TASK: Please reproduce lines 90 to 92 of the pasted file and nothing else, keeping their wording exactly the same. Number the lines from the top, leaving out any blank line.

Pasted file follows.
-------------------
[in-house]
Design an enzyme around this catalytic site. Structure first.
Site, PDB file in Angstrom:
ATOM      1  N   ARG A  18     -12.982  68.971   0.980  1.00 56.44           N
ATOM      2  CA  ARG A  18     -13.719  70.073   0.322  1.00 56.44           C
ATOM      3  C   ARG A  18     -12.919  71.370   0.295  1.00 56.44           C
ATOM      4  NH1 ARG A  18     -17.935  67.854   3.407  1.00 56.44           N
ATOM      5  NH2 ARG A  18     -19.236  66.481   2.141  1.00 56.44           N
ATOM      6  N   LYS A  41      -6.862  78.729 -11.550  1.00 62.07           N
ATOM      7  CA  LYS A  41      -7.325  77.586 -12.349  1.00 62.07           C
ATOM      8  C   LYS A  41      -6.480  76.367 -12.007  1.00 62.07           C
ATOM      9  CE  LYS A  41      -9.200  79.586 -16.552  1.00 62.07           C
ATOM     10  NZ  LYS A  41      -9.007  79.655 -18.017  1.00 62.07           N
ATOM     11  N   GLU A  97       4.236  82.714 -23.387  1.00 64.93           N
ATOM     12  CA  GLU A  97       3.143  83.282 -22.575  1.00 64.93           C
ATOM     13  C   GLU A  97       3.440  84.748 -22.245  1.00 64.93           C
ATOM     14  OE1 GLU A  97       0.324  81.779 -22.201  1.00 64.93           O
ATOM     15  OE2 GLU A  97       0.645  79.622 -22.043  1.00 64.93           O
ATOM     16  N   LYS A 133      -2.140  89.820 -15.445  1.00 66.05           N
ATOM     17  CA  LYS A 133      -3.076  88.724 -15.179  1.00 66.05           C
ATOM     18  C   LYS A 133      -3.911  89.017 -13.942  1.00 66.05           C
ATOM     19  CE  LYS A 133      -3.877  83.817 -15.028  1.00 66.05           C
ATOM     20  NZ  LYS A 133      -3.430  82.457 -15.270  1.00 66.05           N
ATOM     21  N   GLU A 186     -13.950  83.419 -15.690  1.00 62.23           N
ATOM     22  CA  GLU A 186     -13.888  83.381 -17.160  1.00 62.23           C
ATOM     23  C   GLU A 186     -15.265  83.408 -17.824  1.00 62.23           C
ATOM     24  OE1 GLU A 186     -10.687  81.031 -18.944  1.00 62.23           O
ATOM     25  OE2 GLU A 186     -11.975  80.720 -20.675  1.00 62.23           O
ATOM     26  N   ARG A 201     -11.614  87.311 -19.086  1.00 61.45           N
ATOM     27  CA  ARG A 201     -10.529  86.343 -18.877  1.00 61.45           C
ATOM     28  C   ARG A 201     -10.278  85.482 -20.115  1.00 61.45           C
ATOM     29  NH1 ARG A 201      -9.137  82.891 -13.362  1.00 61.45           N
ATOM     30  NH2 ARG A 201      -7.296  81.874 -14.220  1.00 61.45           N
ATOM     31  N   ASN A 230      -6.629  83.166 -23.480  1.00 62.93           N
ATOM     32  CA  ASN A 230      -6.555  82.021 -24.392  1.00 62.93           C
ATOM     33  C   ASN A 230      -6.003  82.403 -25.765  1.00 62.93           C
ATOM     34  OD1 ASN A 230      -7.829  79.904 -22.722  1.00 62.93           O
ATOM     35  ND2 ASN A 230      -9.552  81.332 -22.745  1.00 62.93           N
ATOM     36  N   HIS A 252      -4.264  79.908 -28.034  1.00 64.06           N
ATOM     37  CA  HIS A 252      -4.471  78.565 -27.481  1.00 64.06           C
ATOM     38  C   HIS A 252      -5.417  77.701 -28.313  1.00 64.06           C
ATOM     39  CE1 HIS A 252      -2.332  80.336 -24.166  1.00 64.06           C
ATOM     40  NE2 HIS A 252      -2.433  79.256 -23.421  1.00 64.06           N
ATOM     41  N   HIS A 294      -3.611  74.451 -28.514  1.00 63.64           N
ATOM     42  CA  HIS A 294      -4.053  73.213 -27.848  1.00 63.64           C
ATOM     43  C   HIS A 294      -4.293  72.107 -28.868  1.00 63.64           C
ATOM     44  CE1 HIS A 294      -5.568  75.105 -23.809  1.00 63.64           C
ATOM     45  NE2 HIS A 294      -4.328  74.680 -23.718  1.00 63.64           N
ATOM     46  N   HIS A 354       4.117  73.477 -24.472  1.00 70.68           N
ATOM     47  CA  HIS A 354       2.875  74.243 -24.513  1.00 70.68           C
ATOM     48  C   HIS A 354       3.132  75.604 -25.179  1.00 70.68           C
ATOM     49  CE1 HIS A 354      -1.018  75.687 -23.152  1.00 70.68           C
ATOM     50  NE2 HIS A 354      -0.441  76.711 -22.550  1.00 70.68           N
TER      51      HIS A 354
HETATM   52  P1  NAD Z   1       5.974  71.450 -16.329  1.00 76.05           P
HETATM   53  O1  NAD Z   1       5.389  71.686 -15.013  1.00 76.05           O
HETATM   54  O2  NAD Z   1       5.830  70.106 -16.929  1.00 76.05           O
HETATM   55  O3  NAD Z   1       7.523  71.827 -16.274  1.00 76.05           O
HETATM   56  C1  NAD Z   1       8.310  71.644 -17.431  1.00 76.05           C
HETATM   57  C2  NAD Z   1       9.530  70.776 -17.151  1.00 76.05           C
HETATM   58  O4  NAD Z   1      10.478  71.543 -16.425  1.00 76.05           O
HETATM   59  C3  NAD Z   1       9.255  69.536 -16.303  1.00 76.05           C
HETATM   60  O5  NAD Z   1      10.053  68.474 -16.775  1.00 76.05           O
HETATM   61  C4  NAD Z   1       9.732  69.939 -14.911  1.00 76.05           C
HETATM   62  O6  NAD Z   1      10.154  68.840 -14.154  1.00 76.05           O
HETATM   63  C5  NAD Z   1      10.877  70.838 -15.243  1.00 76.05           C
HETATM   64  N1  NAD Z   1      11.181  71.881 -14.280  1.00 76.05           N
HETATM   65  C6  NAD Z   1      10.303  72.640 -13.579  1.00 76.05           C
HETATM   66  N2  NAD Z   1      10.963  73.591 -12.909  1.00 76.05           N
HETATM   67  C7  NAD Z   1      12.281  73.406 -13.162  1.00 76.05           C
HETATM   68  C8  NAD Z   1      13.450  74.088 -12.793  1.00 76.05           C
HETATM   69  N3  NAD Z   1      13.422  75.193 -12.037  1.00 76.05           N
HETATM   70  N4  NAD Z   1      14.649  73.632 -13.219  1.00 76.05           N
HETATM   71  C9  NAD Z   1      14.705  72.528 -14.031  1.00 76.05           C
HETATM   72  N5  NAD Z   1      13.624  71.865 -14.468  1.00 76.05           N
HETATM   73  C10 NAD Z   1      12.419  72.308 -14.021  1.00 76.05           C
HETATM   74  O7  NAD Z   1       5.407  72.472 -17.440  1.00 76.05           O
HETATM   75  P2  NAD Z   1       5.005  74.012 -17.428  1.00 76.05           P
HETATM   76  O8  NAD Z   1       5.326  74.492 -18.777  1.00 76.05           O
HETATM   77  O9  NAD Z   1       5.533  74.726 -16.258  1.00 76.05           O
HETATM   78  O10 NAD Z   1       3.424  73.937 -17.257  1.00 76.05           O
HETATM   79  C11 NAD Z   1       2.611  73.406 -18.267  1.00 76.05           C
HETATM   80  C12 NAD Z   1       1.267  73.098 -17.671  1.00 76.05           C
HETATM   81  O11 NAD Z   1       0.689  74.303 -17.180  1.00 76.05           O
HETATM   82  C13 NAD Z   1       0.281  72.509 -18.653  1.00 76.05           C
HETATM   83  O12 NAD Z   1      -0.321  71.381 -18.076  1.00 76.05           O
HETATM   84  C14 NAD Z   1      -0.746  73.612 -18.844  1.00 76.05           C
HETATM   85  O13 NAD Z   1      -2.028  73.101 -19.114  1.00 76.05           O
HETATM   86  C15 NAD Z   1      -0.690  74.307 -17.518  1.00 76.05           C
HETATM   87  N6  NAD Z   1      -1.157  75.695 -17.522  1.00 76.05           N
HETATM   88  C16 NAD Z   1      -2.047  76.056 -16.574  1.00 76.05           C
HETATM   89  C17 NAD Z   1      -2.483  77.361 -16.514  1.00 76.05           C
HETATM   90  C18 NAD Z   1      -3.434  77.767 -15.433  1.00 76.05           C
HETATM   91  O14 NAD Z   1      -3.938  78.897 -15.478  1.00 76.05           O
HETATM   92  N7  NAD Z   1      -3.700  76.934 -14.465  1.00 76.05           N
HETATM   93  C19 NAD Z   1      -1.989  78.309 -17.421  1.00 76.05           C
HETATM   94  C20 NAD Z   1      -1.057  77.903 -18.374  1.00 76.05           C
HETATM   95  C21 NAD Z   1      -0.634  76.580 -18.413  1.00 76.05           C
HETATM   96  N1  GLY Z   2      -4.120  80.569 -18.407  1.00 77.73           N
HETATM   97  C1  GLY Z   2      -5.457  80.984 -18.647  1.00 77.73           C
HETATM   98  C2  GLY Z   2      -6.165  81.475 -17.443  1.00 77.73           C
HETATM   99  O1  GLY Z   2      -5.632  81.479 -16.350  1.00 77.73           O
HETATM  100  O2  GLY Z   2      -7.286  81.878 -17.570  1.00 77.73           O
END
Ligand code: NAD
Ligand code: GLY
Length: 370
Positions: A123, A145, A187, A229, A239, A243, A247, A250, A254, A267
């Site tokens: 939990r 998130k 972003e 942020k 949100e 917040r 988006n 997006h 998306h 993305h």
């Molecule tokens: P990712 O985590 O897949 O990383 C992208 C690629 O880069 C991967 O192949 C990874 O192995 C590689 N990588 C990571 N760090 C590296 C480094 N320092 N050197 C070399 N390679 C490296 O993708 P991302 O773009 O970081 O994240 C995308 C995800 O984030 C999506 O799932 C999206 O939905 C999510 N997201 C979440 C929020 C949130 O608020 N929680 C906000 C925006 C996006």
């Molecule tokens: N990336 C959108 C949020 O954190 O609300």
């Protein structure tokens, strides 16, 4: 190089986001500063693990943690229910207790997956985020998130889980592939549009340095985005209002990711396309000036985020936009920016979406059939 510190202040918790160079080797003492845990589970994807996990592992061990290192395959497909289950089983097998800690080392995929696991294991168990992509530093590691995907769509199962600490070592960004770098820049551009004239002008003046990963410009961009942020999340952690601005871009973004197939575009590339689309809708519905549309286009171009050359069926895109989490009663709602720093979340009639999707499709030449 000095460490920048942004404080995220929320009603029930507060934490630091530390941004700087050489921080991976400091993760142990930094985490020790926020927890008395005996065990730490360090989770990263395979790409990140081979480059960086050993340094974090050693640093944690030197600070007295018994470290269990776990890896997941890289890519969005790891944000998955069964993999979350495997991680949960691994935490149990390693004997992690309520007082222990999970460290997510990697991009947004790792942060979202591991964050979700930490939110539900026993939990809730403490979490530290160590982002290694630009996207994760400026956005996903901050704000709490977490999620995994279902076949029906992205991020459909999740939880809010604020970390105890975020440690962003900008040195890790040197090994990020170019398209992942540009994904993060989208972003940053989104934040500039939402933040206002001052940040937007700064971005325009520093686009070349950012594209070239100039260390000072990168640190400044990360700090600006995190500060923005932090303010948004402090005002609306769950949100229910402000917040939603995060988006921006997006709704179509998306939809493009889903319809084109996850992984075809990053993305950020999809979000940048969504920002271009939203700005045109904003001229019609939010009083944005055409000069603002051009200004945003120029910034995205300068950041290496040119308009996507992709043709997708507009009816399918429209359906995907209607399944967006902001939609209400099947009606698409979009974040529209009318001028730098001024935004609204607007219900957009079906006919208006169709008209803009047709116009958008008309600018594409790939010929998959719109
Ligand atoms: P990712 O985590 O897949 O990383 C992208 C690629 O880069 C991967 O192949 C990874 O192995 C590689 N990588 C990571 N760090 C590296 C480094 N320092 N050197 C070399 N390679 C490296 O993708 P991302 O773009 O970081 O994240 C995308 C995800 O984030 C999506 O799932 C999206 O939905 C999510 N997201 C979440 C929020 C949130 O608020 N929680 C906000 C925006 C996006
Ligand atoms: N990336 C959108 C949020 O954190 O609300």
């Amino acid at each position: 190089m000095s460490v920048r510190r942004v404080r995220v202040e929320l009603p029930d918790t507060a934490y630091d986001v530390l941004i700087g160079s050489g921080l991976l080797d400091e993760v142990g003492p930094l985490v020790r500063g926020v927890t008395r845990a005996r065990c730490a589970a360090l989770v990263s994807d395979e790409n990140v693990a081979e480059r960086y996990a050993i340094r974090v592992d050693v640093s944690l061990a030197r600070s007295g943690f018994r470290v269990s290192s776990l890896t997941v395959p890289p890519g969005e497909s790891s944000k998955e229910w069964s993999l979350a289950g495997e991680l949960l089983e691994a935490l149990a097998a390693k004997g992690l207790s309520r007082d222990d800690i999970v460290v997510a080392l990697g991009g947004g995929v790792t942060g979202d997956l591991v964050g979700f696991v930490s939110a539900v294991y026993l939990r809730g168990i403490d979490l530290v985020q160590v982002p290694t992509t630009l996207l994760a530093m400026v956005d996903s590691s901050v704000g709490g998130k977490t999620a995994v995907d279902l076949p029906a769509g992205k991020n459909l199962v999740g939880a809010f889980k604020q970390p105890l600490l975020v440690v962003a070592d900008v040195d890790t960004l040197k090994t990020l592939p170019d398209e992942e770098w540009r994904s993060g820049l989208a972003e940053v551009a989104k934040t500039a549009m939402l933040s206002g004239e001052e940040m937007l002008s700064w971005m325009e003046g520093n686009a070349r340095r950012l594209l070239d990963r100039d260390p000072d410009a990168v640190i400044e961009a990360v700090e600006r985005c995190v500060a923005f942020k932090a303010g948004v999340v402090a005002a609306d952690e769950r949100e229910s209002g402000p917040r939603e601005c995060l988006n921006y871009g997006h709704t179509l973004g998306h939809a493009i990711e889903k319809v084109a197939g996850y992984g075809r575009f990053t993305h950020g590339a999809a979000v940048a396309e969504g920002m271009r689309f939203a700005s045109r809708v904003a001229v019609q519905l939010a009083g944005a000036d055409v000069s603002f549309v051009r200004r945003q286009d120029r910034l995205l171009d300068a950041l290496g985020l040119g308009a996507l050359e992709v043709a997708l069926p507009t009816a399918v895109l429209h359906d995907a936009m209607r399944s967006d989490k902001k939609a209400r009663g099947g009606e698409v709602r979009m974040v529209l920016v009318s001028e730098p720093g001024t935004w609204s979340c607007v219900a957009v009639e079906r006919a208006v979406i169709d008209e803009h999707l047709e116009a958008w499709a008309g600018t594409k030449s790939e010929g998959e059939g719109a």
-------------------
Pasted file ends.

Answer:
HETATM   87  N6  NAD Z   1      -1.157  75.695 -17.522  1.00 76.05           N
HETATM   88  C16 NAD Z   1      -2.047  76.056 -16.574  1.00 76.05           C
HETATM   89  C17 NAD Z   1      -2.483  77.361 -16.514  1.00 76.05           C